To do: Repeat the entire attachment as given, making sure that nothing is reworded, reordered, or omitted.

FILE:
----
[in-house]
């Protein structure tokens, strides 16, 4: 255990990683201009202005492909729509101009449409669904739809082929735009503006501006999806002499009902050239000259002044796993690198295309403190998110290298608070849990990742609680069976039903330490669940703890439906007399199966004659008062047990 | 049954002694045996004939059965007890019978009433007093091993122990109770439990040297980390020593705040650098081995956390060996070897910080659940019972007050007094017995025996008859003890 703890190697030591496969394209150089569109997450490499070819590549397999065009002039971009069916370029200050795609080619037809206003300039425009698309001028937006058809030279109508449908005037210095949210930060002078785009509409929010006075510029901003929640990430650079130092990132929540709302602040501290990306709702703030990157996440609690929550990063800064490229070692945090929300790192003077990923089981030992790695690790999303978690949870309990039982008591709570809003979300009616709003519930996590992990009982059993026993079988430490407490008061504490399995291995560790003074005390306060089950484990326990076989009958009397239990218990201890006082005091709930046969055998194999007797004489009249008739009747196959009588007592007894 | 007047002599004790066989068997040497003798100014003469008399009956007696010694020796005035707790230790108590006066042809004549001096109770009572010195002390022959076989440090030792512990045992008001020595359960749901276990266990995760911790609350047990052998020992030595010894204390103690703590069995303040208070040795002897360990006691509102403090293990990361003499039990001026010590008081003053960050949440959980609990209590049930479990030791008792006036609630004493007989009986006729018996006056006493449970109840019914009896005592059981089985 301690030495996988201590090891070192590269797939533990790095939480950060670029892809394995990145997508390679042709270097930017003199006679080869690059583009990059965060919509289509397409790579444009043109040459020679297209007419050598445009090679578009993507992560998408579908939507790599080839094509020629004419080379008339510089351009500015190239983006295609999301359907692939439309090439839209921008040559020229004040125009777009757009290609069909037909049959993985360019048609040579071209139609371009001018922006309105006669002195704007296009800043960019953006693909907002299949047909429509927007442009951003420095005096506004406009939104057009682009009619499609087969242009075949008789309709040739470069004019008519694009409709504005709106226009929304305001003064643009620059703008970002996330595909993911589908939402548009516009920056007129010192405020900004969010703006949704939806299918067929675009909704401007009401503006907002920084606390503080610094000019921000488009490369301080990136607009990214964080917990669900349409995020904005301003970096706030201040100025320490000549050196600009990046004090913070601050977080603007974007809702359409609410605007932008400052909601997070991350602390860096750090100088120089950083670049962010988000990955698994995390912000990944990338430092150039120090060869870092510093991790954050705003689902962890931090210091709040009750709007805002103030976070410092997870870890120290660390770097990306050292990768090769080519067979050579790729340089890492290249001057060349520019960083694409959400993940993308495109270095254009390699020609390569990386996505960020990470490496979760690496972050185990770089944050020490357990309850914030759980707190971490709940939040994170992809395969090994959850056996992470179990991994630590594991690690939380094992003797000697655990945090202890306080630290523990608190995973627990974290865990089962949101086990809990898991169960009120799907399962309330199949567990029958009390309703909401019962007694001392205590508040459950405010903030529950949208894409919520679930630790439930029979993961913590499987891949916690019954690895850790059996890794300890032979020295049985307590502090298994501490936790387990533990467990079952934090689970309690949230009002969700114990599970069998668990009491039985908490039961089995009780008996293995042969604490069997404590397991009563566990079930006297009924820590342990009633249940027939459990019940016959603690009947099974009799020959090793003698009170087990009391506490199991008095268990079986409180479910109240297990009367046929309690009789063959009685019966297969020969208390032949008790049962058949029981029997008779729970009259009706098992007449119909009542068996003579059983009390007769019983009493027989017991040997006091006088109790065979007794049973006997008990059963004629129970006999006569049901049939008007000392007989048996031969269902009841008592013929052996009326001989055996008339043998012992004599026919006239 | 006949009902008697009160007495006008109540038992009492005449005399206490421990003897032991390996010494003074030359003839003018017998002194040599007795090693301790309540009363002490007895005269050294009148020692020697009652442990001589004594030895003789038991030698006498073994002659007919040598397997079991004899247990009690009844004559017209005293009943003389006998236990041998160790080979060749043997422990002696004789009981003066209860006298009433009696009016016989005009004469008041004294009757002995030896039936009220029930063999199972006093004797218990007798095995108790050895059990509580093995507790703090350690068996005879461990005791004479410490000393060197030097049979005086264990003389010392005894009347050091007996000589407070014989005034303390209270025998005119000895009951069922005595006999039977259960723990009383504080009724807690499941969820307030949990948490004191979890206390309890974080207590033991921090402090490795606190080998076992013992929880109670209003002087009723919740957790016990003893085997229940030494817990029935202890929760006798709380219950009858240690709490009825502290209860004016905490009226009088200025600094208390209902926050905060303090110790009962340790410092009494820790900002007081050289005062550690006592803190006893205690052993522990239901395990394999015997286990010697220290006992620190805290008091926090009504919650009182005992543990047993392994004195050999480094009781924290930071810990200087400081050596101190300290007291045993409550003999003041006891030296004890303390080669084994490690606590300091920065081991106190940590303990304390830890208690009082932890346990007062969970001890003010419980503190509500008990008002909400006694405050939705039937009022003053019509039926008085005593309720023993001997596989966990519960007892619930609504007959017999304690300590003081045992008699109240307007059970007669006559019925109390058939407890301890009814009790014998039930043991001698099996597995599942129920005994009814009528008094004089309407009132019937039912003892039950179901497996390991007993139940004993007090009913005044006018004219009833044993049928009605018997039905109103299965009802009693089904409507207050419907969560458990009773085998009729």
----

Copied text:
[in-house]
């Protein structure tokens, strides 16, 4: 255990990683201009202005492909729509101009449409669904739809082929735009503006501006999806002499009902050239000259002044796993690198295309403190998110290298608070849990990742609680069976039903330490669940703890439906007399199966004659008062047990 | 049954002694045996004939059965007890019978009433007093091993122990109770439990040297980390020593705040650098081995956390060996070897910080659940019972007050007094017995025996008859003890 703890190697030591496969394209150089569109997450490499070819590549397999065009002039971009069916370029200050795609080619037809206003300039425009698309001028937006058809030279109508449908005037210095949210930060002078785009509409929010006075510029901003929640990430650079130092990132929540709302602040501290990306709702703030990157996440609690929550990063800064490229070692945090929300790192003077990923089981030992790695690790999303978690949870309990039982008591709570809003979300009616709003519930996590992990009982059993026993079988430490407490008061504490399995291995560790003074005390306060089950484990326990076989009958009397239990218990201890006082005091709930046969055998194999007797004489009249008739009747196959009588007592007894 | 007047002599004790066989068997040497003798100014003469008399009956007696010694020796005035707790230790108590006066042809004549001096109770009572010195002390022959076989440090030792512990045992008001020595359960749901276990266990995760911790609350047990052998020992030595010894204390103690703590069995303040208070040795002897360990006691509102403090293990990361003499039990001026010590008081003053960050949440959980609990209590049930479990030791008792006036609630004493007989009986006729018996006056006493449970109840019914009896005592059981089985 301690030495996988201590090891070192590269797939533990790095939480950060670029892809394995990145997508390679042709270097930017003199006679080869690059583009990059965060919509289509397409790579444009043109040459020679297209007419050598445009090679578009993507992560998408579908939507790599080839094509020629004419080379008339510089351009500015190239983006295609999301359907692939439309090439839209921008040559020229004040125009777009757009290609069909037909049959993985360019048609040579071209139609371009001018922006309105006669002195704007296009800043960019953006693909907002299949047909429509927007442009951003420095005096506004406009939104057009682009009619499609087969242009075949008789309709040739470069004019008519694009409709504005709106226009929304305001003064643009620059703008970002996330595909993911589908939402548009516009920056007129010192405020900004969010703006949704939806299918067929675009909704401007009401503006907002920084606390503080610094000019921000488009490369301080990136607009990214964080917990669900349409995020904005301003970096706030201040100025320490000549050196600009990046004090913070601050977080603007974007809702359409609410605007932008400052909601997070991350602390860096750090100088120089950083670049962010988000990955698994995390912000990944990338430092150039120090060869870092510093991790954050705003689902962890931090210091709040009750709007805002103030976070410092997870870890120290660390770097990306050292990768090769080519067979050579790729340089890492290249001057060349520019960083694409959400993940993308495109270095254009390699020609390569990386996505960020990470490496979760690496972050185990770089944050020490357990309850914030759980707190971490709940939040994170992809395969090994959850056996992470179990991994630590594991690690939380094992003797000697655990945090202890306080630290523990608190995973627990974290865990089962949101086990809990898991169960009120799907399962309330199949567990029958009390309703909401019962007694001392205590508040459950405010903030529950949208894409919520679930630790439930029979993961913590499987891949916690019954690895850790059996890794300890032979020295049985307590502090298994501490936790387990533990467990079952934090689970309690949230009002969700114990599970069998668990009491039985908490039961089995009780008996293995042969604490069997404590397991009563566990079930006297009924820590342990009633249940027939459990019940016959603690009947099974009799020959090793003698009170087990009391506490199991008095268990079986409180479910109240297990009367046929309690009789063959009685019966297969020969208390032949008790049962058949029981029997008779729970009259009706098992007449119909009542068996003579059983009390007769019983009493027989017991040997006091006088109790065979007794049973006997008990059963004629129970006999006569049901049939008007000392007989048996031969269902009841008592013929052996009326001989055996008339043998012992004599026919006239 | 006949009902008697009160007495006008109540038992009492005449005399206490421990003897032991390996010494003074030359003839003018017998002194040599007795090693301790309540009363002490007895005269050294009148020692020697009652442990001589004594030895003789038991030698006498073994002659007919040598397997079991004899247990009690009844004559017209005293009943003389006998236990041998160790080979060749043997422990002696004789009981003066209860006298009433009696009016016989005009004469008041004294009757002995030896039936009220029930063999199972006093004797218990007798095995108790050895059990509580093995507790703090350690068996005879461990005791004479410490000393060197030097049979005086264990003389010392005894009347050091007996000589407070014989005034303390209270025998005119000895009951069922005595006999039977259960723990009383504080009724807690499941969820307030949990948490004191979890206390309890974080207590033991921090402090490795606190080998076992013992929880109670209003002087009723919740957790016990003893085997229940030494817990029935202890929760006798709380219950009858240690709490009825502290209860004016905490009226009088200025600094208390209902926050905060303090110790009962340790410092009494820790900002007081050289005062550690006592803190006893205690052993522990239901395990394999015997286990010697220290006992620190805290008091926090009504919650009182005992543990047993392994004195050999480094009781924290930071810990200087400081050596101190300290007291045993409550003999003041006891030296004890303390080669084994490690606590300091920065081991106190940590303990304390830890208690009082932890346990007062969970001890003010419980503190509500008990008002909400006694405050939705039937009022003053019509039926008085005593309720023993001997596989966990519960007892619930609504007959017999304690300590003081045992008699109240307007059970007669006559019925109390058939407890301890009814009790014998039930043991001698099996597995599942129920005994009814009528008094004089309407009132019937039912003892039950179901497996390991007993139940004993007090009913005044006018004219009833044993049928009605018997039905109103299965009802009693089904409507207050419907969560458990009773085998009729």